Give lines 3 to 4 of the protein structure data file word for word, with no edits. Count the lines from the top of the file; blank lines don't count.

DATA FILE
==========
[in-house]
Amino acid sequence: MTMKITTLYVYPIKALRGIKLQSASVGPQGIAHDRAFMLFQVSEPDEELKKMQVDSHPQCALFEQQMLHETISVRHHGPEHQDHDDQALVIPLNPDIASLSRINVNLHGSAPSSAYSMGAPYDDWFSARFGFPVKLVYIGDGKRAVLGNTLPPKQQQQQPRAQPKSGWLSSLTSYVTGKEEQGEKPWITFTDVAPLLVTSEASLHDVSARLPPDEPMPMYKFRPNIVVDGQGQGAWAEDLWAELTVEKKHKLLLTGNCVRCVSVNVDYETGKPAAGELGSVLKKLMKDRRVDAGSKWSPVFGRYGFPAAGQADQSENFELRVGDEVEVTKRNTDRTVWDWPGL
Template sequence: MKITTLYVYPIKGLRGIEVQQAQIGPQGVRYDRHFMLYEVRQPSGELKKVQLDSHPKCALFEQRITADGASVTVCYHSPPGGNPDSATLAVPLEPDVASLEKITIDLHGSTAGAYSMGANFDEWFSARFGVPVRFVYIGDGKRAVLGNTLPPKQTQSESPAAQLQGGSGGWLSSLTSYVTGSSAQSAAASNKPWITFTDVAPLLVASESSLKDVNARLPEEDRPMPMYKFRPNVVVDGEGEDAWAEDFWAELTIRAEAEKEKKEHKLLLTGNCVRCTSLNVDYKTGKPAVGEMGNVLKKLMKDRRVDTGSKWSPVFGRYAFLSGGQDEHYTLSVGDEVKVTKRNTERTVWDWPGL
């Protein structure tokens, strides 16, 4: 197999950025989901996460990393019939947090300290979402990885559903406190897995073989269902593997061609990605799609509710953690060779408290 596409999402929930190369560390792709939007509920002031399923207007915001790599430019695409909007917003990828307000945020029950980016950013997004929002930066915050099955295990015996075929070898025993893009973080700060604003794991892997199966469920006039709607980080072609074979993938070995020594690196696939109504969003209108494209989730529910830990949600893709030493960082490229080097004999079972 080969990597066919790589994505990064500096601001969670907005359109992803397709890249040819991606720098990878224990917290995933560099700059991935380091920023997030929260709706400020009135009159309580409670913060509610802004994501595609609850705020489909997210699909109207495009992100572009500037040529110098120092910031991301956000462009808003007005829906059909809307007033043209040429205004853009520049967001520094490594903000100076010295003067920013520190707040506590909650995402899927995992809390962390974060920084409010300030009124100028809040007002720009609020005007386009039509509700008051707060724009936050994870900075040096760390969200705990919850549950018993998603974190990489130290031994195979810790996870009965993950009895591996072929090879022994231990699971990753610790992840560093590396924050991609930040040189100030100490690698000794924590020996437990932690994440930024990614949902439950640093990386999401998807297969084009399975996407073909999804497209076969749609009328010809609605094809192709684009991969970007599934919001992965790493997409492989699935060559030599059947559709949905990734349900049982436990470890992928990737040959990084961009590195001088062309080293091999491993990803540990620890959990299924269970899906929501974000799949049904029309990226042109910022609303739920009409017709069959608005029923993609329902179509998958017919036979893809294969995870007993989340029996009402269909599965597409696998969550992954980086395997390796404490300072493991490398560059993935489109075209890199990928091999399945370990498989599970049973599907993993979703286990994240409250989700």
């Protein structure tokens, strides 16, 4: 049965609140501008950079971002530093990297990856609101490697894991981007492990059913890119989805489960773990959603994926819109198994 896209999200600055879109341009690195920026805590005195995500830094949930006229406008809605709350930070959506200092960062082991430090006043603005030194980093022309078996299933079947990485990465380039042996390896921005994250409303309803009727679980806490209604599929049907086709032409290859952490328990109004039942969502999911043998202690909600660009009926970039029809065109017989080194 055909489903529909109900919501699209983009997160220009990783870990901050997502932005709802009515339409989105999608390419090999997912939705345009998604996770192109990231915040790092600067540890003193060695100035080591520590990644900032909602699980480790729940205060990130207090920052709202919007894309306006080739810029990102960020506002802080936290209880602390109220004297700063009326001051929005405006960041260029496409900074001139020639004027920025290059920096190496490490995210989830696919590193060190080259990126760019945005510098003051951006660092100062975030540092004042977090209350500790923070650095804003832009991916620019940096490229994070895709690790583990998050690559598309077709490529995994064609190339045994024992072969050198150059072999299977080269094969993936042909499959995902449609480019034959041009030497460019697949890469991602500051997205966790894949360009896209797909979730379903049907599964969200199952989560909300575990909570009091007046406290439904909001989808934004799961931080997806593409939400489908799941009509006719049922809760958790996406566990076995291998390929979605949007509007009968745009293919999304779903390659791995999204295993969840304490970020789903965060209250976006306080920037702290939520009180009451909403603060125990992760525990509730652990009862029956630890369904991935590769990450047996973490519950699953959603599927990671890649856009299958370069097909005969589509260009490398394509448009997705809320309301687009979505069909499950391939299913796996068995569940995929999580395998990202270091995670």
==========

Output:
Template sequence: MKITTLYVYPIKGLRGIEVQQAQIGPQGVRYDRHFMLYEVRQPSGELKKVQLDSHPKCALFEQRITADGASVTVCYHSPPGGNPDSATLAVPLEPDVASLEKITIDLHGSTAGAYSMGANFDEWFSARFGVPVRFVYIGDGKRAVLGNTLPPKQTQSESPAAQLQGGSGGWLSSLTSYVTGSSAQSAAASNKPWITFTDVAPLLVASESSLKDVNARLPEEDRPMPMYKFRPNVVVDGEGEDAWAEDFWAELTIRAEAEKEKKEHKLLLTGNCVRCTSLNVDYKTGKPAVGEMGNVLKKLMKDRRVDTGSKWSPVFGRYAFLSGGQDEHYTLSVGDEVKVTKRNTERTVWDWPGL
């Protein structure tokens, strides 16, 4: 197999950025989901996460990393019939947090300290979402990885559903406190897995073989269902593997061609990605799609509710953690060779408290 596409999402929930190369560390792709939007509920002031399923207007915001790599430019695409909007917003990828307000945020029950980016950013997004929002930066915050099955295990015996075929070898025993893009973080700060604003794991892997199966469920006039709607980080072609074979993938070995020594690196696939109504969003209108494209989730529910830990949600893709030493960082490229080097004999079972 080969990597066919790589994505990064500096601001969670907005359109992803397709890249040819991606720098990878224990917290995933560099700059991935380091920023997030929260709706400020009135009159309580409670913060509610802004994501595609609850705020489909997210699909109207495009992100572009500037040529110098120092910031991301956000462009808003007005829906059909809307007033043209040429205004853009520049967001520094490594903000100076010295003067920013520190707040506590909650995402899927995992809390962390974060920084409010300030009124100028809040007002720009609020005007386009039509509700008051707060724009936050994870900075040096760390969200705990919850549950018993998603974190990489130290031994195979810790996870009965993950009895591996072929090879022994231990699971990753610790992840560093590396924050991609930040040189100030100490690698000794924590020996437990932690994440930024990614949902439950640093990386999401998807297969084009399975996407073909999804497209076969749609009328010809609605094809192709684009991969970007599934919001992965790493997409492989699935060559030599059947559709949905990734349900049982436990470890992928990737040959990084961009590195001088062309080293091999491993990803540990620890959990299924269970899906929501974000799949049904029309990226042109910022609303739920009409017709069959608005029923993609329902179509998958017919036979893809294969995870007993989340029996009402269909599965597409696998969550992954980086395997390796404490300072493991490398560059993935489109075209890199990928091999399945370990498989599970049973599907993993979703286990994240409250989700």